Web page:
All posts filed under: Jewellery

Fly collection by Sofia Bankeström

«There is a hierarchy of materials, we value some more than others. I hope that we can be more open to value worked material from sustainable sources.» The FLY collection is a result of flow and pleasure. I started making these carved wooden creatures during an exhibition with more conceptual pieces where part of the display was my workbench. Some people sat down with me for a while and I found that simultaneously working with my hands would take the edge off any awkward silence that occurred. This low-key synergy turned out to be a method for making the spectator want to stay longer, explore the exhibition further and reflect on it with me. So, for me, they are connected with positive energy and as they are brooches they are made to be worn and taken along with you. This is what I want them to do, spread a playful energy and encourage interaction and communication. I define my practice as jewelry, but as I see it there aren’t really any limits for what this …

Bomfim by Bruna Bortolotti

« (…) I maintain my taste for subtlety, for the discarding of the superfluous, an aesthetic and repertoire that I acquired in the study of the architecture and the practice of the workshop.»   Created in 2015 by Bruna Bortolotti, Bortolotti is a jewelry label that has in the manufacture and design process, the author’s premise for its creations. With small-scale production, all the pieces are handcrafted by the young goldsmith artist of 23 years, in the workshop in Fortaleza, HQ of Bortolotti. Her process of creating is totally intuitive, the models are born in the middle of design production. She learned from her grandfather to fuse and lapse her creations, produced “in the old fashion”, respecting time. All the pieces bring in themselves lightness and minimalism, aesthetic choices that start with the idea of permanence and simplicity. Earrings, rings, necklaces and other objects bring in the fabric of the design process: distorted circumferences, apparent hooks, polished and unpolished finish, grooves of the metal. The pieces tell much about a way of seeing the world …

Handmade Nature by Daniella Saraya

«Alongside the emotional work, the project also had a research motivation – the observation of nature in order to understand the different processes it undergoes in time (…)»   This project is actually a development of my final project, at my B.A. in jewelry design –RE-COVER- in which I dealt with the formation of a person’s character, in comparison with the processes of crystallization in nature. And what is the meaning of the whole in this context, and how is it defined. Over time, a person goes through contradictory processes wherein they accumulate layers and peel them off. A varying exposure of the surface creates patterns of behavior and habits; injury or removal create a space and reveal the earlier layers.  The same experiences constantly change the existing whole and redefine its form.  I believe that the way to heal requires a certain acceptance of the absence and defining it as part of the whole. Alongside the emotional work, the project also had a research motivation – the observation of nature in order to understand …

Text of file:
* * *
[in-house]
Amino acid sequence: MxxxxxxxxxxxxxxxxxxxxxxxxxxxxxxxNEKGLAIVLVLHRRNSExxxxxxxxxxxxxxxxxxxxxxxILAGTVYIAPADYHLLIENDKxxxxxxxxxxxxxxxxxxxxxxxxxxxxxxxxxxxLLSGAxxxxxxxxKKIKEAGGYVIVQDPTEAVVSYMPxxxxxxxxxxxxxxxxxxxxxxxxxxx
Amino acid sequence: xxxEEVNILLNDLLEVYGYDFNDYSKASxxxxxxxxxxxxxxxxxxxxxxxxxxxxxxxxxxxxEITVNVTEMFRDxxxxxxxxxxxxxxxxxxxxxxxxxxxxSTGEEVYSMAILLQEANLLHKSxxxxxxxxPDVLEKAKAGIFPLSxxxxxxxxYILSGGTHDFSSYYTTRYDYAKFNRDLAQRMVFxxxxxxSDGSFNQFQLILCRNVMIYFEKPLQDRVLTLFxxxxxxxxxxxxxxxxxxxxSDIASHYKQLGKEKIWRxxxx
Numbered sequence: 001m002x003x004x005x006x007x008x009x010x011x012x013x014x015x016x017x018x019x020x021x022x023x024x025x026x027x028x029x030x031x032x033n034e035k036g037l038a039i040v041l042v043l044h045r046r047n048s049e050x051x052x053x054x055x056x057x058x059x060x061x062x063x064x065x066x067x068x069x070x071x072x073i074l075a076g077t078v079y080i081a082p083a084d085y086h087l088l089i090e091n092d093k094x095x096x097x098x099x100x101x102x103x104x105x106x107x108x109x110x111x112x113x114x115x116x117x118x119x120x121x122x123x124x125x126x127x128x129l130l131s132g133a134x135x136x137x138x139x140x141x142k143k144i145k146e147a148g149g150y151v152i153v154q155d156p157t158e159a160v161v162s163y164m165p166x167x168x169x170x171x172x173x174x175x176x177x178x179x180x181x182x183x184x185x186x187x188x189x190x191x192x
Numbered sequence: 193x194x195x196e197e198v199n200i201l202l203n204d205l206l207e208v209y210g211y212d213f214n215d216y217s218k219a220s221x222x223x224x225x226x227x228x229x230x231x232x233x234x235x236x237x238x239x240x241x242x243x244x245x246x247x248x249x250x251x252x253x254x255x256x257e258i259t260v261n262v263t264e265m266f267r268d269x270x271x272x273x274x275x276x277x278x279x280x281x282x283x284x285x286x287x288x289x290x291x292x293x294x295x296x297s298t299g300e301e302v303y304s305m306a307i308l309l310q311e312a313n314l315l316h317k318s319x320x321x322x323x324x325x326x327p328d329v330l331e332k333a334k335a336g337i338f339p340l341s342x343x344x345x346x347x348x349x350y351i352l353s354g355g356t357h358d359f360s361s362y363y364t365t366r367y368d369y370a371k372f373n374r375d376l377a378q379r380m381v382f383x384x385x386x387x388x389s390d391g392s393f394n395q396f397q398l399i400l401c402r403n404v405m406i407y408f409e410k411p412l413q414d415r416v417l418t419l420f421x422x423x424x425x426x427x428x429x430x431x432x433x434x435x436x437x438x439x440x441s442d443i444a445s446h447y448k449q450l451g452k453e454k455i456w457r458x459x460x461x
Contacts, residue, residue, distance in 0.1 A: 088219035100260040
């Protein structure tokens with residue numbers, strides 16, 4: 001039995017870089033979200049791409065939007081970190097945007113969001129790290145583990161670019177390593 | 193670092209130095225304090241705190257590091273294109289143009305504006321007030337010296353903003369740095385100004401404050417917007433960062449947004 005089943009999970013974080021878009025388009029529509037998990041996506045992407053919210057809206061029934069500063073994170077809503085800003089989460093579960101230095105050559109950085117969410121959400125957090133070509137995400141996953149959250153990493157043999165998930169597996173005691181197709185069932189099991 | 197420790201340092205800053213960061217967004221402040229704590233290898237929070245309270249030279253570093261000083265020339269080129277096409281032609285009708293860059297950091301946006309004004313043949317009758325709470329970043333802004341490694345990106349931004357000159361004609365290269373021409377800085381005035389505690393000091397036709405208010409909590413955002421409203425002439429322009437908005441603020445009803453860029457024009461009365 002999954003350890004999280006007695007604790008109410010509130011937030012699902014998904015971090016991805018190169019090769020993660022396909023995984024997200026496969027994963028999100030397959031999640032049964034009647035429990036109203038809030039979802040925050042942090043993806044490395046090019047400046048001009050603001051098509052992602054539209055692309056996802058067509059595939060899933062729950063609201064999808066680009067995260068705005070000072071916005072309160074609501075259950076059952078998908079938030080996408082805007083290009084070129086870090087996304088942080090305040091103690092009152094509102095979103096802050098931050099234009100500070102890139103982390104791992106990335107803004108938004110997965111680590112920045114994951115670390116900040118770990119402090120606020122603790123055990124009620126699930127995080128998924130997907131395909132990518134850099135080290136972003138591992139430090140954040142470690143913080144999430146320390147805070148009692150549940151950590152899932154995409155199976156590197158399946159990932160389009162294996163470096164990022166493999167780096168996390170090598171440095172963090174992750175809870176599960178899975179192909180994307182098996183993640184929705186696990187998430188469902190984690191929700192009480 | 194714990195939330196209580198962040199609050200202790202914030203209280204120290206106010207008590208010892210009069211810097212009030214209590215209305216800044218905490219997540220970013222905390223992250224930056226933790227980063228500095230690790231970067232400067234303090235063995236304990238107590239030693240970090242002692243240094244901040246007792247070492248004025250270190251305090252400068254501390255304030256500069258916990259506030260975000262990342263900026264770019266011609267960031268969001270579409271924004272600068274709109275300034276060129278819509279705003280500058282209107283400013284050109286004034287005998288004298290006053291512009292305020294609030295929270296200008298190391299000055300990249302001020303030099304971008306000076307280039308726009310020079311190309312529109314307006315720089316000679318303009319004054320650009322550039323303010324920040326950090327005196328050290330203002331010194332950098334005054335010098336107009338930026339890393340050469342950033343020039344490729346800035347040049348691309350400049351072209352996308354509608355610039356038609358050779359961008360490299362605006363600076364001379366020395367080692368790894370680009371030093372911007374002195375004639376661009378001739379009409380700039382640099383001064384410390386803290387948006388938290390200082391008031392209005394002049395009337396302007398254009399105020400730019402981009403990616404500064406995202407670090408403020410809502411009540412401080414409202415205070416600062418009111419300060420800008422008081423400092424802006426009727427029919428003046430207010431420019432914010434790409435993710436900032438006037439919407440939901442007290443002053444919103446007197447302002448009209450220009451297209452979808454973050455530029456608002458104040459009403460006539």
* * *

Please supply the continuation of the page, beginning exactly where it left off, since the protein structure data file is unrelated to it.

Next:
MABO by Marcella Leite

«My goal is always to create jewels that go beyond economic value, carry a content of art, design, and architecture and deliver this representation.»   With a Carioca inspiration, Marcella Leite, who studied architecture, fashion and graduated in design, launched a Modernist collection, the third of its three-year history and the expression of its brand’s maturation. “It’s a very special line. It took me a long time to develop: it’s been six months since I got out of my comfort zone and I made myself do something different.”  The inspiration is the modernist movement, “the impact of it on architecture and various icons of modern art”. Among the muses and muses of Marcella, are the artist Alexander Calder, the architect Oscar Niemeyer, and the painters Pablo Picasso and Tarsila do Amaral. Thus, each piece combines the minimalism and lightness that are trademarks of Mabo to the content and information of art.” “My goal is always to create jewels that go beyond economic value, carry a content of art, design and architecture and deliver this representation. …

GRAFO Collection by Susana Teixeira Jewellery

«GRAFO series tells a story that must be read in the light of the harmonious relationship between Geometry and Jewellery.»   GRAFO is a collection that materializes the geometric representation of the interrelationship of two elements. The idea of creating this collection was born from the mathematical concept of a graph. Each piece consists of spheres, in variable number and size, connected by small wire segments. The structure thus constituted intends to emphasize the agglutinating role of the elements of the group, maintaining the individuality of each one.   I have a background in Mathematics, so I tend to make jewelry that often crosses the realms of this science. Geometry had always been my favorite subject and for me is natural to think of a jewellery piece as being a mathematical element. GRAFO series tells a story that must be read in the light of the harmonious relationship between Geometry and Jewellery. I try to create timeless pieces that tell their own story. However, in each season, there is often a particular type of jewel …